The federal government of Nigeria is set to make a total of N484bn from the electronic payment boom by way of the Electronic Money Transfer Levy in three years.
The medium-term Expenditure Framework and Fiscal Strategy is for 2023 – 2025, This projection was made by the Budget Office of the Federation.
The EMTL was introduced in the Finance Act 2020, which amended the Stamp Duty Act to tap into the growth of electronic funds transfer in the nation.
It is a single, one-off charge of N50 on electronic receipt or transfer of money deposited in any deposit money bank or financial institution on any type of account on sums of N10,000 and above.
Revenue derived from the EMTL is shared among the three tiers of government.
According to the budget office, which is under the Ministry of Finance, Budget, and National Planning, the nation intends to make at least N137.03bn in 2023, N157.59bn in 2024, and N189.11bn from EMTL.
READ MORE: Imo State Advocates Investment In Digital Economy
The office further revealed that the government made N111.84bn from the levy in 2021. Since the outset of the pandemic, e-payment transactions have soared because of mass adoption, improved broadband coverage, and increased stability of payment gateways.
Reports from newsngr have it that, Data from the Nigeria Inter-Bank Settlement System portal reveal that the total value of electronic transactions in the four months of 2022 (N117.33tn) is already higher than the total amount of transactions in 2019 (N108.42tn).
In 2020, it was N162.89tn and N278.38tn in 2021. According to the NIBSS, e-payments adoption payments surged as people transitioned to electronic channels for funds exchange in the wake of the pandemic.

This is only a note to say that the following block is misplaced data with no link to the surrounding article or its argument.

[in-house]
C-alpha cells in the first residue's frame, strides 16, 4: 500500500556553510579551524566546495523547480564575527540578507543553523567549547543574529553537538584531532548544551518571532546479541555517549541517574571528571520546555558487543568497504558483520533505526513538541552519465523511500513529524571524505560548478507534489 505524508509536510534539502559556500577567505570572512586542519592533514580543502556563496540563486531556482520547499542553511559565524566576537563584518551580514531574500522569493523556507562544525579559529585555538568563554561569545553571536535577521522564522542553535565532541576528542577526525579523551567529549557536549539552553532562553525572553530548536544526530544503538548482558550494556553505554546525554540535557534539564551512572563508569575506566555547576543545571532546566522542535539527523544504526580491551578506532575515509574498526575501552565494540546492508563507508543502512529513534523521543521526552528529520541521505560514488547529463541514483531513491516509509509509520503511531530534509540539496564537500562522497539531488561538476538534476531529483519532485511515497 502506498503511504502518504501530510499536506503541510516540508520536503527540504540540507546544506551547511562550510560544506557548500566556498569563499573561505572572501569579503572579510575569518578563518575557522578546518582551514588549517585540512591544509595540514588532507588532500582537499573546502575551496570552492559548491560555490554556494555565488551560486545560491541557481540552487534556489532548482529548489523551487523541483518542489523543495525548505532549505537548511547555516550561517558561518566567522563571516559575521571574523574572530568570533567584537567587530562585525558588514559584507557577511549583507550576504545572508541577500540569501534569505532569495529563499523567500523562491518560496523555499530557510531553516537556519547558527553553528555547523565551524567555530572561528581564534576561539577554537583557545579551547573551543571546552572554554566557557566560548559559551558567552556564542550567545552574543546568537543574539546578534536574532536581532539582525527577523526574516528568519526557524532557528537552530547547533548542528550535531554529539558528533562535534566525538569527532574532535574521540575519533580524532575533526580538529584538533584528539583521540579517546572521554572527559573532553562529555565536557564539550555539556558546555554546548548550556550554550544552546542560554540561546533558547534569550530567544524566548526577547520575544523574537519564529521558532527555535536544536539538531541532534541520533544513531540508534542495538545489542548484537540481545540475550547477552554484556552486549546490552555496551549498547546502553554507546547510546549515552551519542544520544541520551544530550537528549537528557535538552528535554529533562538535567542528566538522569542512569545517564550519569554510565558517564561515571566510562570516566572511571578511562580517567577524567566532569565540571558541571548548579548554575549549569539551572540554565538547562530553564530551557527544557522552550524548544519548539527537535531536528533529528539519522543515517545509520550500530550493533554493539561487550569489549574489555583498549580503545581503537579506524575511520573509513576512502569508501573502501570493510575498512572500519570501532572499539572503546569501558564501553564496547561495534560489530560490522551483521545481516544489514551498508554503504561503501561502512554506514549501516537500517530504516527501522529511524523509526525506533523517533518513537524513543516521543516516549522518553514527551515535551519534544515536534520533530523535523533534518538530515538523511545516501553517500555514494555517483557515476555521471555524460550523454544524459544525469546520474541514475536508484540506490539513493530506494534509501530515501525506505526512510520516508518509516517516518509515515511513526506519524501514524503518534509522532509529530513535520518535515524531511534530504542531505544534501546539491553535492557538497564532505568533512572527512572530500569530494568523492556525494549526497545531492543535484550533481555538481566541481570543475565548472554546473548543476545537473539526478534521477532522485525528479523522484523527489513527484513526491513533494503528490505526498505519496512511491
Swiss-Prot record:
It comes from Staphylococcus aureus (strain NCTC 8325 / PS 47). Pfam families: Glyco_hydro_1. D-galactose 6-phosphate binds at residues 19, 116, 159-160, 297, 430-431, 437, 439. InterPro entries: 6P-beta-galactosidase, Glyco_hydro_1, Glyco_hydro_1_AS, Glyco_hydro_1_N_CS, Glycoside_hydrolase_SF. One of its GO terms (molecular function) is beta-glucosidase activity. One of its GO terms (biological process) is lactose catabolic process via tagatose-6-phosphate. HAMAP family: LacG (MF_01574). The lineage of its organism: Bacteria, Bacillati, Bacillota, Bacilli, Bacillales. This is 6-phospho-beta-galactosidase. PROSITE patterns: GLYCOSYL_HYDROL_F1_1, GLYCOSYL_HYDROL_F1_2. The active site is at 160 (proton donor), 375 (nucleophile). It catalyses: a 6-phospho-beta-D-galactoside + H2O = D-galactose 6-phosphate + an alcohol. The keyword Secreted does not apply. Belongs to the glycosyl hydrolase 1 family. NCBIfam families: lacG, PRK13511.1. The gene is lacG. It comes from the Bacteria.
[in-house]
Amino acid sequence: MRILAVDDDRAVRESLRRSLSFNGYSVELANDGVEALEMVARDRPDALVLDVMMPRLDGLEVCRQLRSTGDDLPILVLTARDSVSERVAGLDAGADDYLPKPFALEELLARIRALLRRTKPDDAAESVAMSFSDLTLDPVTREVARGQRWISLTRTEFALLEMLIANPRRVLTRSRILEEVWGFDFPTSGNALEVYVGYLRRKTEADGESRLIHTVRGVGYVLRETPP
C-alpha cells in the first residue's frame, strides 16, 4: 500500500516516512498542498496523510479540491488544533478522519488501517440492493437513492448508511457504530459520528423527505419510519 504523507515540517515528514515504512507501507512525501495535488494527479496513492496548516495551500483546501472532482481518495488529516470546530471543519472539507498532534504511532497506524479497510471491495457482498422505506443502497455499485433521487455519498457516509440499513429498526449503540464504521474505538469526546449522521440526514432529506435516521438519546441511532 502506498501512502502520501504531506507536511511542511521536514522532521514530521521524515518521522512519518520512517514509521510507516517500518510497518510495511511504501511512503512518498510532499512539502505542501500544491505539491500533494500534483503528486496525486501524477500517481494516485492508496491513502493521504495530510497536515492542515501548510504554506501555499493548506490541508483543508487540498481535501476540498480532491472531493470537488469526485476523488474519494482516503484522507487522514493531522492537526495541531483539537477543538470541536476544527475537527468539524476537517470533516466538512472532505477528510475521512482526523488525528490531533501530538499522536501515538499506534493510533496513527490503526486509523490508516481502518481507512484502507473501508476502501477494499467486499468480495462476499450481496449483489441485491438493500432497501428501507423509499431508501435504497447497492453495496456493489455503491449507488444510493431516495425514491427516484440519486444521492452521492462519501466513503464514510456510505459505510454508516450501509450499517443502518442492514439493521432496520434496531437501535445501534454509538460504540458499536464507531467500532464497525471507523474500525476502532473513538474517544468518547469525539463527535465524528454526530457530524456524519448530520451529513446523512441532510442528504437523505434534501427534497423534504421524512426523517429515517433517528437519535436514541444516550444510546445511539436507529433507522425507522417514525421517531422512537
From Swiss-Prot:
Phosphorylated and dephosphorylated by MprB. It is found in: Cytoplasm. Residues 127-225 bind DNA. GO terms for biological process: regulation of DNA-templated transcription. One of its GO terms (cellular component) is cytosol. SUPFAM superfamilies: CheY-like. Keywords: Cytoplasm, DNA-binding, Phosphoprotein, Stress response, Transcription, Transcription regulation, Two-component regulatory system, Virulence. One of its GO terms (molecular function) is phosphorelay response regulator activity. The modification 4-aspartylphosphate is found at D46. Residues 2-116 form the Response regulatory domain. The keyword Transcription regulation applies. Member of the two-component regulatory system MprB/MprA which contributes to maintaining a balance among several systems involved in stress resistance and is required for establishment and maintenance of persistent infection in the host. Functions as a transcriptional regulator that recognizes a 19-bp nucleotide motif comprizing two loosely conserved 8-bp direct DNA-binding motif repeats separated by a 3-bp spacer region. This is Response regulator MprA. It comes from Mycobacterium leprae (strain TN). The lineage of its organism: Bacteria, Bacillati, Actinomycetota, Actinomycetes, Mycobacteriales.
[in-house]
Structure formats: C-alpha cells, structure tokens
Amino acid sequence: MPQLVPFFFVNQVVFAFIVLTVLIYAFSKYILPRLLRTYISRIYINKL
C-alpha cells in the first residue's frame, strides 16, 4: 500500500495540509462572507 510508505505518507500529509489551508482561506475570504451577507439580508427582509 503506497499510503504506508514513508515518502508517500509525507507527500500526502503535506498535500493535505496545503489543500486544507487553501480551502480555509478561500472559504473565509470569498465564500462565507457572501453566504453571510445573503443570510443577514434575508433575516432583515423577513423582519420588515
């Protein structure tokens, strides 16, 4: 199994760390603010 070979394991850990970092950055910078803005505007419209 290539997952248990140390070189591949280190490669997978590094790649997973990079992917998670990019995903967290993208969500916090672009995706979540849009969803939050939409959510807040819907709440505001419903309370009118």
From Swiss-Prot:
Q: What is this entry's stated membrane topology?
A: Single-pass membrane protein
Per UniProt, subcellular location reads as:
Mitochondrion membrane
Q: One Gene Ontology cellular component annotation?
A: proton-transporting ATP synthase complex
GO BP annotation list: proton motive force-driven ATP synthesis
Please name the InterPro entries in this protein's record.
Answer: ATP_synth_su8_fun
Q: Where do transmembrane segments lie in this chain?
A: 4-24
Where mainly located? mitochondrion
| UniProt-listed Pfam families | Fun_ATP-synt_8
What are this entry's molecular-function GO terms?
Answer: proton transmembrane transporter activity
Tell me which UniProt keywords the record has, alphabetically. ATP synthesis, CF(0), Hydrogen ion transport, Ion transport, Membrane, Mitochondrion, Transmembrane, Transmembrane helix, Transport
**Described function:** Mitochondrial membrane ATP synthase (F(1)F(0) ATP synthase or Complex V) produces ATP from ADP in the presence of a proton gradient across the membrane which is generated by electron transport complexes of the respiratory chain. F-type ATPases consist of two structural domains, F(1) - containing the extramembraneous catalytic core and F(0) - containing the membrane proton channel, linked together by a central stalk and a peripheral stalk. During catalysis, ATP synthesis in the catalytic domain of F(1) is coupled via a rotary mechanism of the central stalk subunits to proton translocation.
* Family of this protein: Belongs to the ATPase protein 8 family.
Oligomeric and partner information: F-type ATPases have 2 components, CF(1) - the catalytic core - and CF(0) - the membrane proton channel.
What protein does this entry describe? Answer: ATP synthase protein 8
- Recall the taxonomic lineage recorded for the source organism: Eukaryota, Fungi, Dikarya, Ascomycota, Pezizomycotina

The International Monetary Fund added that the value of mobile money transactions in the nation increased to 9.72 percent of the Gross Domestic Product in 2020 because of the COVID-19 pandemic.
Commenting on this increase in an earlier interview with The PUNCH, the Head, Corporate Communications, NIBBS, Lilian Phido, said, “It is very clear that more and more people are accepting the channels of payment that are available and the platforms are stable.
“With stability, these components have grown. With stability more and more people moving.”
Commenting on the government’s projection, the National President, the Association of Mobile Money Agents in Nigeria, Victor Olojo, said;
“Yes, it will continue to increase with the boom. From what I know about the levy, it is a stamp duty championed by the Nigerian Postal Service for the Federal Government.
It is a huge meaningful source of revenue to them, although it might not be as significant. For every transaction above N10,000 that enters your account, the stamp duty is automatically deducted. It is a big win for the Federal Government.
However, it has an impact on businesses. For some merchants, say a supermarket that does about 100 transactions in a day and gets charged N50 on each transaction, this is away from the cost of running the business. It would have been nice if the value of this N50 payment is seen in form of basic amenities.
Presently, it appears like a rip-off as businesses still have to pay taxes, Value Added Tax, without commensurate impact. It has a negative impact on businesses since there is no visible impact.”